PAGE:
Tag Archives: Westport Housing Authority

Westport Housing Authority: Little-Known Body Has Big Impact

In 1952, the Hales family sold 14 acres of land to the town. The price: $1.

The Westport Housing Authority had been established a few years earlier. For the first time, it was ready to act.

With state financing the WHA built 40 Cape Cods, between Greens Farms Road and Hillspoint. Hales Court helped ease Westport’s severe postwar housing shortage.

In the nearly 70 years since, the WHA has done much more. Hales Court has nearly doubled in size. There are 93 units at Sasco Creek and Hidden Brook, contiguous sites on Post Road East. And 50 elderly and disabled Westporters live at Canal Park, near downtown.

Yet the Westport Housing Authority remains unknown — or little understood — by most Westporters.

The  official name is the Housing Authority of the Town of Westport. Yet it’s not really a town body. It’s independent — “like a water pollution control authority,” says executive director Carol Martin.

As with other housing authorities around Connecticut, the WHA falls under a state statute.

The 1st selectman appoints a board of commissioners. Five members serve rolling 5-year terms.

Beyond that though, there is no link to town government. The housing authority’s money is completely separate too.

Funding comes from federal and state grants, and real estate the WHA owns and manages. Each of its 4 independent properties has its own operating budget. They range from $412,000 annually (Hidden Brook), to $1.1 million (Hales Court).

All 221 units are income-restricted.

At Hales Court, the limit is 60% of the area median income. For a family of 4, that median is about $144,000 a year. So, Martin says, the 78 homes there — most of them 1,700 to 1,800 square feet — are rented by people with quite low incomes, to those earning about $75,000 annually.

Hales Court, after its 2008 modernization.

Hales Court now encompasses 78 units. The WHA modernized the entire area in 2008. The original homes had limited accessibility, and were not in compliance with fire codes.

Working with a development partner, the WHA applied for and received $2 million in 9% low-income housing tax credits — a program initiated by the Reagan administration.

Sasco Creek and Hidden Brook — the front and rear portions of 4-acre 1655 Post Road East, respectively, until the 1990s the site of a trailer park near Stop & Shop — is restricted, variously, to families with 60%, 50% and 25% of the area median income. Most units include 3 bedrooms, and are approximately 1,800 square feet.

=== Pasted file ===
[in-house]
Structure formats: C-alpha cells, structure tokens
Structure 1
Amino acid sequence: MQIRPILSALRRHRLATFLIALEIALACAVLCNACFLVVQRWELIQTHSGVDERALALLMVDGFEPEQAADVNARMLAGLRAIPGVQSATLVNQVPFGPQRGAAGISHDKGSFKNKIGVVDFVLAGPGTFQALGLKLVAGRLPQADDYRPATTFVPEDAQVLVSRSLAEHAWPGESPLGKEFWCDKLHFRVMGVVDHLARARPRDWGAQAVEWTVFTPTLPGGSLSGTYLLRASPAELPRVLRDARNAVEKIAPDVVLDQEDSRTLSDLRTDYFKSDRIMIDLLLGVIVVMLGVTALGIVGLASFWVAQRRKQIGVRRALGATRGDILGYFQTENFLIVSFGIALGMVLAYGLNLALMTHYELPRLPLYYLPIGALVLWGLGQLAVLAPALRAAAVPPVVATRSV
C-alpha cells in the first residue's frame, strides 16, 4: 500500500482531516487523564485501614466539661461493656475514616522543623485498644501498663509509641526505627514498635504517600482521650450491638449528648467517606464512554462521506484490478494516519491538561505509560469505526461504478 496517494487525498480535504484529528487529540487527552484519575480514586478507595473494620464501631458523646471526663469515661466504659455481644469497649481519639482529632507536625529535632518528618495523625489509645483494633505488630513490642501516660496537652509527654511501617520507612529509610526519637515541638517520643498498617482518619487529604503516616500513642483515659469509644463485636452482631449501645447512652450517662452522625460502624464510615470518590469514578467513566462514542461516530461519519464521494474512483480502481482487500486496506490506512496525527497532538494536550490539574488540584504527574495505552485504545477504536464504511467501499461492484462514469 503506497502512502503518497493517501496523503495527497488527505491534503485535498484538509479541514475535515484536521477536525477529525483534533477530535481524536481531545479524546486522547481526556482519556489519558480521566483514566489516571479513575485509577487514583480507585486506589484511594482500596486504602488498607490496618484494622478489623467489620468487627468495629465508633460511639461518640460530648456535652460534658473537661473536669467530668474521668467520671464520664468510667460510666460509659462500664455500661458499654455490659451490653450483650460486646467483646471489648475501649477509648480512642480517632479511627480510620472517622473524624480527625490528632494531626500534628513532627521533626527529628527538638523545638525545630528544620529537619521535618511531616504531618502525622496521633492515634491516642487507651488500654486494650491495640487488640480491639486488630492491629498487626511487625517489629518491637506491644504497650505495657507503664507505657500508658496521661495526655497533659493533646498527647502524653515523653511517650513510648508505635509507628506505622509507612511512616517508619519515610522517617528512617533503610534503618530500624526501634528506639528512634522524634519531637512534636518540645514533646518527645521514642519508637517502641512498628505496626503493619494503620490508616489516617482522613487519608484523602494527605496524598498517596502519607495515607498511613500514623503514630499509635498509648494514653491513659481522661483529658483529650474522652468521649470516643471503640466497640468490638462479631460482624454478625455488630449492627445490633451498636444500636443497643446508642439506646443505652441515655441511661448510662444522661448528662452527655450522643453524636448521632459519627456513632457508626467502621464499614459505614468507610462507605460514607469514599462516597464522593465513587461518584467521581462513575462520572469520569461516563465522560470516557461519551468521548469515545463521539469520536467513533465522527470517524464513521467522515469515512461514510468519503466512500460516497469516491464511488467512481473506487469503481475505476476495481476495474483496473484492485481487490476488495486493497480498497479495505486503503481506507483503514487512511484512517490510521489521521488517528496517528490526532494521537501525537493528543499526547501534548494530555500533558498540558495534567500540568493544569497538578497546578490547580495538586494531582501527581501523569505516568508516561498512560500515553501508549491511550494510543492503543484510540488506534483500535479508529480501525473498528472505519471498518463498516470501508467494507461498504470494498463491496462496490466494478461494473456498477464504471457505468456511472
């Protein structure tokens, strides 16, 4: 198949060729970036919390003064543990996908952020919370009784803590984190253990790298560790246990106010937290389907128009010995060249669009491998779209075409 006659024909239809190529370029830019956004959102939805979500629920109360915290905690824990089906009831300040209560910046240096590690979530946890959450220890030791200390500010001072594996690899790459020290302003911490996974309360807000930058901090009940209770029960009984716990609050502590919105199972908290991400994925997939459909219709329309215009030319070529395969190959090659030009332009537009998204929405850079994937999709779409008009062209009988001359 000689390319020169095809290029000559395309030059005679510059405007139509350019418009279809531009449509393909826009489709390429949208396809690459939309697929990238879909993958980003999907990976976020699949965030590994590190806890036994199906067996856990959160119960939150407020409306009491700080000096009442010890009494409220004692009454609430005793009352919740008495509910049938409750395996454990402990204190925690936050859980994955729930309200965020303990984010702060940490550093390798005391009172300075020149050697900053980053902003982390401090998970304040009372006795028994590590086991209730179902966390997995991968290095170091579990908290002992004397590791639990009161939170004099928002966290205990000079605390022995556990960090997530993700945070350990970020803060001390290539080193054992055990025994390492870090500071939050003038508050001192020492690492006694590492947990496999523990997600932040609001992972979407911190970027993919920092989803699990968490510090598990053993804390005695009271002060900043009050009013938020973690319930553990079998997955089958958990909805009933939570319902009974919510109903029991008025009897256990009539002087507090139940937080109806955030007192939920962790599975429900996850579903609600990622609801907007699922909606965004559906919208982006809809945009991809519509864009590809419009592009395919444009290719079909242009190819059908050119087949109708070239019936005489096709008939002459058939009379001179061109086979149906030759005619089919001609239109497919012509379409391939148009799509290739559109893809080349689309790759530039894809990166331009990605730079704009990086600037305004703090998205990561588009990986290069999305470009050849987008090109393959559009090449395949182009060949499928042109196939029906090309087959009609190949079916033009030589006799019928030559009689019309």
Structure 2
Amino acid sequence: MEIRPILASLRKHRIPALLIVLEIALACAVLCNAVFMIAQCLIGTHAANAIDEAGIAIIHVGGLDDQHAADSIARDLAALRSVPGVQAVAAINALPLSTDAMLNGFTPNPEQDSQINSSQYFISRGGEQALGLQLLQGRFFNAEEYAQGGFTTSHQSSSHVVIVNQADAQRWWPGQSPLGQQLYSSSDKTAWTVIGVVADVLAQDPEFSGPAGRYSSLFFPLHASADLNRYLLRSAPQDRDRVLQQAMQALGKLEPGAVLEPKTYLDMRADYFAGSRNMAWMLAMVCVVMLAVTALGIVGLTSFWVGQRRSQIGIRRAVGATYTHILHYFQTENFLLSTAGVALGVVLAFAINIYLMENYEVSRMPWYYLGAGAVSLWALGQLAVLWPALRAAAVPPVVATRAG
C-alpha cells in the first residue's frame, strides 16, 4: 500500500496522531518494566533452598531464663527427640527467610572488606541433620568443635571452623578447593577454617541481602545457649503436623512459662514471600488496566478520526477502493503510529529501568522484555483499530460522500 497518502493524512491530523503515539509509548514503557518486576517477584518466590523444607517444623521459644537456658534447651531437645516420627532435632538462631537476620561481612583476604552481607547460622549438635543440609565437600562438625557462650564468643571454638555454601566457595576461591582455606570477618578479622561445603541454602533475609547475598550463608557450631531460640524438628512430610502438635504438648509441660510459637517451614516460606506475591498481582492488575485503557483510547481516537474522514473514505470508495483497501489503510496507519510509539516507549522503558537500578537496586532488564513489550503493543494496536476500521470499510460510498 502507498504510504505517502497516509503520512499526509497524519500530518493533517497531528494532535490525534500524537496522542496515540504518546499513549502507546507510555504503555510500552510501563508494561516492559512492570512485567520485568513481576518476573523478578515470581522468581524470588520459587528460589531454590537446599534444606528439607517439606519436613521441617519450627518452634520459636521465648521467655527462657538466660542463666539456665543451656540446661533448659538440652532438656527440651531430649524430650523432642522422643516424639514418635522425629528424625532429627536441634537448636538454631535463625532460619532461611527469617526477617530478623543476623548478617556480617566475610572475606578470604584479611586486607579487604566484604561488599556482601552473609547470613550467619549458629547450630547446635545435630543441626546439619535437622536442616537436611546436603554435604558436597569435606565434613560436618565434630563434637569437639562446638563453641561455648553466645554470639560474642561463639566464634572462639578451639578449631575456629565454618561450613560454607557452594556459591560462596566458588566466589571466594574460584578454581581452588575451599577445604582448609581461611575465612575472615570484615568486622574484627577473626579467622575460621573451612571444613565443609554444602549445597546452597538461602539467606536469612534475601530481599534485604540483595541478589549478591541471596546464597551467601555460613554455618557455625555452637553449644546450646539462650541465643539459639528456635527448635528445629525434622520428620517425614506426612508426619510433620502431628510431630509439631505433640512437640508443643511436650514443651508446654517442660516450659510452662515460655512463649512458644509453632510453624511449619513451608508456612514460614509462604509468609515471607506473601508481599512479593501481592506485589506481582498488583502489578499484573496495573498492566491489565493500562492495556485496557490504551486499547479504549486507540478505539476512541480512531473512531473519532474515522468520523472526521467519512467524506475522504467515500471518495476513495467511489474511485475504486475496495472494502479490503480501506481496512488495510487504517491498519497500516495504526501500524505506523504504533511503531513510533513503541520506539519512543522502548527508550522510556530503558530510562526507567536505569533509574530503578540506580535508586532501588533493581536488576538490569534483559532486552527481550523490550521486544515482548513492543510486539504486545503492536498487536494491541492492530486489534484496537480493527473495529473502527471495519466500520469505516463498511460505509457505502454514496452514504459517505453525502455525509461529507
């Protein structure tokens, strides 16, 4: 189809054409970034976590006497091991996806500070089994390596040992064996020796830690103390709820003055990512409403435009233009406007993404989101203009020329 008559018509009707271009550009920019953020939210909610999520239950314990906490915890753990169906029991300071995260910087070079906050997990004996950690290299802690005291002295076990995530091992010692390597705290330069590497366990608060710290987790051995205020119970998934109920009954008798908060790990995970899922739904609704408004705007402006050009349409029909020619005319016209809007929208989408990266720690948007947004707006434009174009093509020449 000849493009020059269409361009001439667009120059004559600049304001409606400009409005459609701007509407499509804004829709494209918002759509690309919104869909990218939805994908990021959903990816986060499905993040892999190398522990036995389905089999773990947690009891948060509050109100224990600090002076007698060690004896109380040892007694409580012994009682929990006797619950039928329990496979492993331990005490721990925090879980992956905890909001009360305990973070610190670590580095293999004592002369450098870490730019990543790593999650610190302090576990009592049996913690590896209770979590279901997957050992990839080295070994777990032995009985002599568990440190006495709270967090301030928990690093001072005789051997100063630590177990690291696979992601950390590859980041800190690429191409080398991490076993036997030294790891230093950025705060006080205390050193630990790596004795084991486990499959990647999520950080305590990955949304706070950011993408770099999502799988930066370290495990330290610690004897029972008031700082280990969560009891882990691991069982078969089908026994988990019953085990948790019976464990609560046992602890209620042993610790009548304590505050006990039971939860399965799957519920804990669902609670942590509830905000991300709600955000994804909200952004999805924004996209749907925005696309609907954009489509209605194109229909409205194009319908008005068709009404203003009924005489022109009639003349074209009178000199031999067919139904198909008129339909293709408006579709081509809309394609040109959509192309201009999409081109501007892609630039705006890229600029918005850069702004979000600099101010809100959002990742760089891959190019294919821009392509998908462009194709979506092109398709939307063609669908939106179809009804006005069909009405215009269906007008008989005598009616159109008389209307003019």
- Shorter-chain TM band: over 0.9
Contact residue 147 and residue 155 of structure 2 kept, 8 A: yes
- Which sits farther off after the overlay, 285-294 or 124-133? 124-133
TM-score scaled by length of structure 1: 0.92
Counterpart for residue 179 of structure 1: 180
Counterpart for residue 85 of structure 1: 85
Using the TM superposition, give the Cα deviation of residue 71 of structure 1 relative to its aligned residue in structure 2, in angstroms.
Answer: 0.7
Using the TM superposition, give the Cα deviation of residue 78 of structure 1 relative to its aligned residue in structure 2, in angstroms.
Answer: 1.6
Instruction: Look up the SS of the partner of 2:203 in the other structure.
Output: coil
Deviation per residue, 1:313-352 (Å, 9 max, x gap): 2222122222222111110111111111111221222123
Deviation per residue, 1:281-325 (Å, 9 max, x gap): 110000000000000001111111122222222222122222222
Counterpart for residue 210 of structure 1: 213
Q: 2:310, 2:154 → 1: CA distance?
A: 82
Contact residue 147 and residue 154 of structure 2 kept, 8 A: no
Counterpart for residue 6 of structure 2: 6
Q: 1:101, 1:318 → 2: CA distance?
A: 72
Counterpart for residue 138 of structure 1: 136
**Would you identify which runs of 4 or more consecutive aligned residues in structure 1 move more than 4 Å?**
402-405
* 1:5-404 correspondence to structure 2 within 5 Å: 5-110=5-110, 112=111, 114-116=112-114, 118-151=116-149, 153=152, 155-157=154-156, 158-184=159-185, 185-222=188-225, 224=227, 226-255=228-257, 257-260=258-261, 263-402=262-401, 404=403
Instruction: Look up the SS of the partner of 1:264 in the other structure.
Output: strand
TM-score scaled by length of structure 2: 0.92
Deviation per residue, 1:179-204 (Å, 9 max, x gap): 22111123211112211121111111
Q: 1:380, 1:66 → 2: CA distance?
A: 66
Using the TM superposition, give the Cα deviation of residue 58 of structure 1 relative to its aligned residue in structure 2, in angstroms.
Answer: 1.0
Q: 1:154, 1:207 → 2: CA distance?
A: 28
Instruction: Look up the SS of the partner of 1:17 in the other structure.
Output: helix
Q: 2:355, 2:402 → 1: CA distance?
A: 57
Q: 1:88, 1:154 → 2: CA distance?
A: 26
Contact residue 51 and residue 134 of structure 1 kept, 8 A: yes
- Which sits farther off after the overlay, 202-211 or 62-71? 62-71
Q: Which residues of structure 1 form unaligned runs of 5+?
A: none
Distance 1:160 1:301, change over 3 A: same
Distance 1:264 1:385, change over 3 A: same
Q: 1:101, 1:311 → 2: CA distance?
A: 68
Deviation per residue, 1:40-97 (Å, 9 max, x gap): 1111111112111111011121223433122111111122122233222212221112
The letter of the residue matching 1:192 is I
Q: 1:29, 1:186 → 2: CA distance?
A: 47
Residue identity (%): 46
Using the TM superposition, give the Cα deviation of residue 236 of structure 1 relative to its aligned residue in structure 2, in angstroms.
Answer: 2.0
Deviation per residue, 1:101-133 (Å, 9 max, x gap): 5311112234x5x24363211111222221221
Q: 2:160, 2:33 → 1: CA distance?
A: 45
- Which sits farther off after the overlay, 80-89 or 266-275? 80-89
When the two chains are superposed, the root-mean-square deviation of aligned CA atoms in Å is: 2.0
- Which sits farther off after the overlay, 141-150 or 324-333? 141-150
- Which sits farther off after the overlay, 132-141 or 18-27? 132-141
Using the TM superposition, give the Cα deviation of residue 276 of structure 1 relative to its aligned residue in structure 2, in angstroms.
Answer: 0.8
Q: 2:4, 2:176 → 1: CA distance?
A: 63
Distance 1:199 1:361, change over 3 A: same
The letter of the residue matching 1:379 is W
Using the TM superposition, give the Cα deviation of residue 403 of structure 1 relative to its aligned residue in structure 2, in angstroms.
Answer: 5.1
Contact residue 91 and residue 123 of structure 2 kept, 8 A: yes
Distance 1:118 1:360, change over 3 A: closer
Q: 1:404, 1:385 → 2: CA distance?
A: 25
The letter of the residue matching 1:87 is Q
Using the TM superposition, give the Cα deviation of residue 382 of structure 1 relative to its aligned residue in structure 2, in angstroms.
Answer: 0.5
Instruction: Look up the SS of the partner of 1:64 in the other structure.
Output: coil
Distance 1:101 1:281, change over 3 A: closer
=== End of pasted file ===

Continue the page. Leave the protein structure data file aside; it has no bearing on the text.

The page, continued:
Hidden Brook apartments.

The 2 developments were constructed using tax credits, and tax-exempt bond financing.

Canal Park’s studio and 1-bedroom apartments are restricted to people 62 and older, and the disabled (by Social Security definition). It was built in 1981, with federal and state assistance.

Martin — the part-time executive director — is assisted by two full-time “resident services” staff members. Other operations — maintenance work, rent collection, lease enforcement and the like — are contracted out.

“We’ve really elevated our services,” Martin says proudly. “We’ve got cradle to grave — newborns to the frail elderly — and we take care of them all.”

David Newberg chairs the Westport Housing Authority. He and fellow commissioners Thomas Bloch, Jeff Nixon, Kathleen Wauchope and C. Gibson Halloran “understand and support our mission,” Martin says. “They all want to give back to the town.”

Westport Housing Authority director Carol Martin.

The WHA does great — and important — work. They’d like to create even more housing opportunities.

However, Martin notes, the cost of land and zoning regulations limit future expansion.

But the WHA keeps looking for opportunities.

“We help people become more successful — emotionally, socially and financially,” Martin says. ” We’re a friendly partner. We do all the work.”

Even if most Westporters have no idea who — or what — the Westport Housing Authority is.

Pre-Applications Available For Affordable Westport Housing

Earlier today, the town sent out a terse email. Headlined “Local Housing Authorities Are Now Accepting Pre-Applications for Affordable Housing,” it read:

Preliminary applications will be accepted beginning on 06/03/2019 AND END with a postmark date of 06/28/2019. Pre-applications received after the end date as postmarked will be automatically rejected.

Please click on the following link for income-eligibility requirements and a download of the pre-applications: https://millennium-realty.com

It sounded a bit cryptic. Pre-applications for what affordable housing, exactly?

And who is Millennium Realty?

I clicked the link.

The Millennium Group — headquartered in New Britain — has a handsome website. At the top are photos of 4 beautiful residences. Two are homes that would not look out of place in Westport; 2 are gleaming new apartment buildings.